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Review: The Truth About You and Me

September 5, 2013

Title: The Truth About You and Me
Author: Amanda Grace
Publisher: Flux Books
Release Date: September 8, 2013
Format: eGalley

Madelyn Hawkins is super smart. At sixteen, she’s so gifted that she can attend college through a special program at her high school. On her first day, she meets Bennet. He’s cute, funny, and kind. He understands Madelyn and what she’s endured – and missed out on – in order to excel academically and please her parents. Now, for the first time in her life, she’s falling in love.
There’s only one problem. Bennet is Madelyn’s college professor, and he thinks she’s eighteen – because she hasn’t told him the truth.
The story of their forbidden romance is told in letters that Madelyn writes to Bennet – both a heart-searing ode to their ill-fated love and an apology
.—via Goodreads

The Truth About You and Me is not a fun book to read.

I mean that as a compliment.

The story of this basically boils down to what would happen to Aria and Ezra (in the TV show version of PLL) in The Real World. Which is to say that it very quickly wouldn’t work out.

Told from the perspective of Maddie, a super smart sixteen-year-old who takes the majority of her classes at the local community college, The Truth About You and Me is a letter from her to Bennet, the professor she lies to and then starts a relationship with. The letter is her attempt to explain, to put him at ease, to apologize.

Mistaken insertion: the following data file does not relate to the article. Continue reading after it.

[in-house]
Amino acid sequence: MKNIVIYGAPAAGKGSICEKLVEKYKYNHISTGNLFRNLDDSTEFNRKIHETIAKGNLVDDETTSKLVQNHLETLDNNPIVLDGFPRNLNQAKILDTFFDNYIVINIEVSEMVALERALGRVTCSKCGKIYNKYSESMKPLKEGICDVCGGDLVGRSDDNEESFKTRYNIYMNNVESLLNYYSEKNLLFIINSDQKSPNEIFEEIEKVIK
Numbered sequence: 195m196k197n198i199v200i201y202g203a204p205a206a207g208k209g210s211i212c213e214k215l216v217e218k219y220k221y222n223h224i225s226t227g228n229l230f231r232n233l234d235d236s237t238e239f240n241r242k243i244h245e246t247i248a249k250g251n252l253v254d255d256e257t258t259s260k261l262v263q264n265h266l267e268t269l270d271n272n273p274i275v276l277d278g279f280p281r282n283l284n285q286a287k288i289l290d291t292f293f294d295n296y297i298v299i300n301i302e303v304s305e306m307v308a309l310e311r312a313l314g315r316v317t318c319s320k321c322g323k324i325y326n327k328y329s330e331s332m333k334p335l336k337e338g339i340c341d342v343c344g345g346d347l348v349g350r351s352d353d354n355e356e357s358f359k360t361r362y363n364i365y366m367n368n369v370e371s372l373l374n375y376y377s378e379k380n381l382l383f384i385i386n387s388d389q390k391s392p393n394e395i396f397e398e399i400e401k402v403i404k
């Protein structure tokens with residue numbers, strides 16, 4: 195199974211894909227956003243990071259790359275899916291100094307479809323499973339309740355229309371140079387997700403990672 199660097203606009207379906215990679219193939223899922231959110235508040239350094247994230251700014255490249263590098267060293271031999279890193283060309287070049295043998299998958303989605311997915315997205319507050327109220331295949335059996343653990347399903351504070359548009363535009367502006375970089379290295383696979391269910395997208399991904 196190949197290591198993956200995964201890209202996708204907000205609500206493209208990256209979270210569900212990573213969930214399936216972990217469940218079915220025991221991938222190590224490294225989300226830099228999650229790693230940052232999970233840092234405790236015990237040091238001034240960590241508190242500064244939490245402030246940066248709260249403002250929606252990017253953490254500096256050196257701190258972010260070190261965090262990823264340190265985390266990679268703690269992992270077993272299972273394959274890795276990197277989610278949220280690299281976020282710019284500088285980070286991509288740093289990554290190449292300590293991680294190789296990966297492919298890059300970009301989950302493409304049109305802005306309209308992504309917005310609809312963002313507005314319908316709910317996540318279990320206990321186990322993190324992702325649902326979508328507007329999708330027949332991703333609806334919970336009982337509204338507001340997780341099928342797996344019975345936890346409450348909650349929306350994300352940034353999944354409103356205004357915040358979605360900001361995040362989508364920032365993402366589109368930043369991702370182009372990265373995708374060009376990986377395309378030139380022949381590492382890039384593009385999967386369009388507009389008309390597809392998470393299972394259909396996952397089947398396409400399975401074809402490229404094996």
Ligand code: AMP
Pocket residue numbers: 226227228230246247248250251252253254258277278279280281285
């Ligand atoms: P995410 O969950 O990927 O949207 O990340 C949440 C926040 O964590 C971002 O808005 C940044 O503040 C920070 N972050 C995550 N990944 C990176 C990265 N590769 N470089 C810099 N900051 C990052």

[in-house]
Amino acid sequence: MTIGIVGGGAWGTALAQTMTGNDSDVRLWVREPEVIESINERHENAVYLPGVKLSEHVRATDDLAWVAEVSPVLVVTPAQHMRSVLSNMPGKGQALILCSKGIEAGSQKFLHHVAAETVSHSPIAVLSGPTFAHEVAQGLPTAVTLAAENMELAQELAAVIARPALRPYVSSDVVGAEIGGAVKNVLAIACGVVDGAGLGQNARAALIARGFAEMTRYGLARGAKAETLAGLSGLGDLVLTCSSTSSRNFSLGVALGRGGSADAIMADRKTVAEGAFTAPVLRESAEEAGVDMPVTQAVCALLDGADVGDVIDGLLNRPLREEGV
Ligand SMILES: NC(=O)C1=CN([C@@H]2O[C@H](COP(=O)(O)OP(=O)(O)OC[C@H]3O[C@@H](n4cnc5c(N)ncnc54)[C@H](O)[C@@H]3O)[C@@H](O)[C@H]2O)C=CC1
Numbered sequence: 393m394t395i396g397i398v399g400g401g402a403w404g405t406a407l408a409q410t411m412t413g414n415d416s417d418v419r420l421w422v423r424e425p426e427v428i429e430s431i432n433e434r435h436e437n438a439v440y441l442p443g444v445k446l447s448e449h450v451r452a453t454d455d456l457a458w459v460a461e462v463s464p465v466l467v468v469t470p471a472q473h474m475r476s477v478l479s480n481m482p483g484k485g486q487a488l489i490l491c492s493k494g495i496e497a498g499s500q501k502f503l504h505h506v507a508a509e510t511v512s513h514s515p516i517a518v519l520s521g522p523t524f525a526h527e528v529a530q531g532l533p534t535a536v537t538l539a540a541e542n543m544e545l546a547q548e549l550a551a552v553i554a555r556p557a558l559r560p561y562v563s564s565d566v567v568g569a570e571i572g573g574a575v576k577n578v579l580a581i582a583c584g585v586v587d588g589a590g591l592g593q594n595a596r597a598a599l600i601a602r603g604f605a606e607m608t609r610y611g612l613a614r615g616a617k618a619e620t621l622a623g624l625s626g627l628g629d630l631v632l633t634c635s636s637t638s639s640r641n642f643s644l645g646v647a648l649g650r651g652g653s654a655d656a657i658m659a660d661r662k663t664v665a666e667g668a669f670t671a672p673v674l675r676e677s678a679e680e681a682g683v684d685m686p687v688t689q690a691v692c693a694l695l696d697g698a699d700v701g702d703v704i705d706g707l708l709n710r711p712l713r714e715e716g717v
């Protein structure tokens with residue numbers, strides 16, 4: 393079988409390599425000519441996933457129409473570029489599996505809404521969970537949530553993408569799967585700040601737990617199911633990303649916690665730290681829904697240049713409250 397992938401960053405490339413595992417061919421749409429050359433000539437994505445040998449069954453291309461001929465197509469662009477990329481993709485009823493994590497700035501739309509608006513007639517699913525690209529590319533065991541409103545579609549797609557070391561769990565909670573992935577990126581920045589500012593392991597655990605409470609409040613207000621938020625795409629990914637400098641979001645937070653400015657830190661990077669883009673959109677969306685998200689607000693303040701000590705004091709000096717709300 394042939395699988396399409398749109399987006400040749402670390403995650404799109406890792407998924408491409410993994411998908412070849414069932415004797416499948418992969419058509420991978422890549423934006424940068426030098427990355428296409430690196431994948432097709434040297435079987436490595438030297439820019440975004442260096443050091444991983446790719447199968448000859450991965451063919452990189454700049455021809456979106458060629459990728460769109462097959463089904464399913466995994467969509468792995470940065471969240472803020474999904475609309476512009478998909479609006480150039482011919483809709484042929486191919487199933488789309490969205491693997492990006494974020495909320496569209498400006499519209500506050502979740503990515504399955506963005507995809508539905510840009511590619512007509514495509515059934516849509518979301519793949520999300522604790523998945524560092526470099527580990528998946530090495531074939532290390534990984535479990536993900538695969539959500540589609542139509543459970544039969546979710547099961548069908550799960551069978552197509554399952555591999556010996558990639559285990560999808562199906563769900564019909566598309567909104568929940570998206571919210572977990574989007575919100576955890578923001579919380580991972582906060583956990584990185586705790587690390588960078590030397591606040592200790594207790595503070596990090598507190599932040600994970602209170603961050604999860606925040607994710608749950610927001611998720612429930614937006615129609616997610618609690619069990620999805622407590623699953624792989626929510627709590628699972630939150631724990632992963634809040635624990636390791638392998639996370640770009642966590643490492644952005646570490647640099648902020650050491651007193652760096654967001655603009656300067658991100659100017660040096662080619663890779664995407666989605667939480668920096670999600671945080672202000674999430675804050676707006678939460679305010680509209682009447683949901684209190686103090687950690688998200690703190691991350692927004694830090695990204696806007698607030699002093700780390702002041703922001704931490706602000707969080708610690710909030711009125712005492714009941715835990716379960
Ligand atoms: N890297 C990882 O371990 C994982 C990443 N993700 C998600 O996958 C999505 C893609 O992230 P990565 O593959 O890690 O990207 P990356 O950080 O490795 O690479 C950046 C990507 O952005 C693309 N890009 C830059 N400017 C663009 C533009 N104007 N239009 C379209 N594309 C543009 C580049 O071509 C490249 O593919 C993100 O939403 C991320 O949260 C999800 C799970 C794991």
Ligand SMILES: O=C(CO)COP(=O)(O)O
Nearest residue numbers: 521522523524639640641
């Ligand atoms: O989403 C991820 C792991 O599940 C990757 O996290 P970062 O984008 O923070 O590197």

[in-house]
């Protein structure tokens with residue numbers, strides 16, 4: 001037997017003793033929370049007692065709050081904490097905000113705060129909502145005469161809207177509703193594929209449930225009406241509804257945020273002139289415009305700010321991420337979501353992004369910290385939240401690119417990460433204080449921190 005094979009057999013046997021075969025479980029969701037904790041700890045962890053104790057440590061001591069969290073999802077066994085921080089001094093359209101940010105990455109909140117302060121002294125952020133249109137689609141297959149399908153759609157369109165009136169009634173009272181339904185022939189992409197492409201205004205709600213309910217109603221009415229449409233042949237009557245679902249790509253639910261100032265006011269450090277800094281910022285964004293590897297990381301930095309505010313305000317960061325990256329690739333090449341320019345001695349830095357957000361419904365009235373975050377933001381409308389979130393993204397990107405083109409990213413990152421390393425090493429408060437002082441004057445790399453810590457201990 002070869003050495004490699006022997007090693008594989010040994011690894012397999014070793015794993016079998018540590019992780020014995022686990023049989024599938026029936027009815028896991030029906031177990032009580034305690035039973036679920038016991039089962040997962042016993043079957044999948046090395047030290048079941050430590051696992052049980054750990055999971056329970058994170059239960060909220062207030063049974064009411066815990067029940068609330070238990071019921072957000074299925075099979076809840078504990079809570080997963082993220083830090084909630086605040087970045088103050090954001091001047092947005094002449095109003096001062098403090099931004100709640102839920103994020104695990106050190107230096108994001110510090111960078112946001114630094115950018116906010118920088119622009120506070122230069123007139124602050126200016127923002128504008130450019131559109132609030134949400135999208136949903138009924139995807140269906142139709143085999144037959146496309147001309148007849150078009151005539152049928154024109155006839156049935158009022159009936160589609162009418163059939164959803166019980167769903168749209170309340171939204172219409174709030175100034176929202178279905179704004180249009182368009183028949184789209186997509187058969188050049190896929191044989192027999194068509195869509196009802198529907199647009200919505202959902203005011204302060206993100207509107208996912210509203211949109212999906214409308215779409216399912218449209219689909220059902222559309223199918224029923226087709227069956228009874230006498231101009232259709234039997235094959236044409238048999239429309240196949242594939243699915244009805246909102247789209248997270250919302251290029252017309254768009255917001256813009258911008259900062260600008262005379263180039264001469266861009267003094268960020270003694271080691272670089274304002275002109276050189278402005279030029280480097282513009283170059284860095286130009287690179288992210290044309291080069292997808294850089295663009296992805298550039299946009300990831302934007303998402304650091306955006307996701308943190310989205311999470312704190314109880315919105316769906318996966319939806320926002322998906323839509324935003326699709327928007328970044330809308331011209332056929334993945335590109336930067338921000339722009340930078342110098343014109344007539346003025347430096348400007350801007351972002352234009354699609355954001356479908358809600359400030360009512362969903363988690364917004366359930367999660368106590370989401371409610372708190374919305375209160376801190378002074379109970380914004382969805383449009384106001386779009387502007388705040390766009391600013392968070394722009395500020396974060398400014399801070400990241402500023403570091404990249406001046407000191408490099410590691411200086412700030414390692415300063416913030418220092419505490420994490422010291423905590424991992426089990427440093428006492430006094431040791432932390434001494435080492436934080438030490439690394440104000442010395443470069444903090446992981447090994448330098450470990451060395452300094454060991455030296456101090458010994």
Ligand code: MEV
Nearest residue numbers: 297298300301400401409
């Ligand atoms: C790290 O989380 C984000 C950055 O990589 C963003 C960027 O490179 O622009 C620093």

Through the plaintive letter, the reader can easily see how she that despite how intelligent she is, emotionally she is naive, and often manipulative. She knows she’s falling in love and she wants to relish the feeling—it’s warm and exciting and terrifyingly exhilarating. While she knows that the feeling isn’t something to be ashamed of, she also knows that the situation is completely wrong and that if they’re found out Bennet’s life will be ruined. But, because she’s sixteen and in love for the first time, she wants to be selfish.

Though you know from the beginning of the book how it will end, Amanda Grace does a great job of pacing the story and also being fair  in her depiction of Maddie. My favorite thing about this book is that Grace shows you how very immature Maddie is despite her genius-level intelligence and thoroughly enunciates the difference between thinking  and actually being mature.

Overall, The Truth About You and Me is a story of living and learning, feeling fiercely and letting it all go, and an example of what it means to emotionally mature.

The Truth About You and Me

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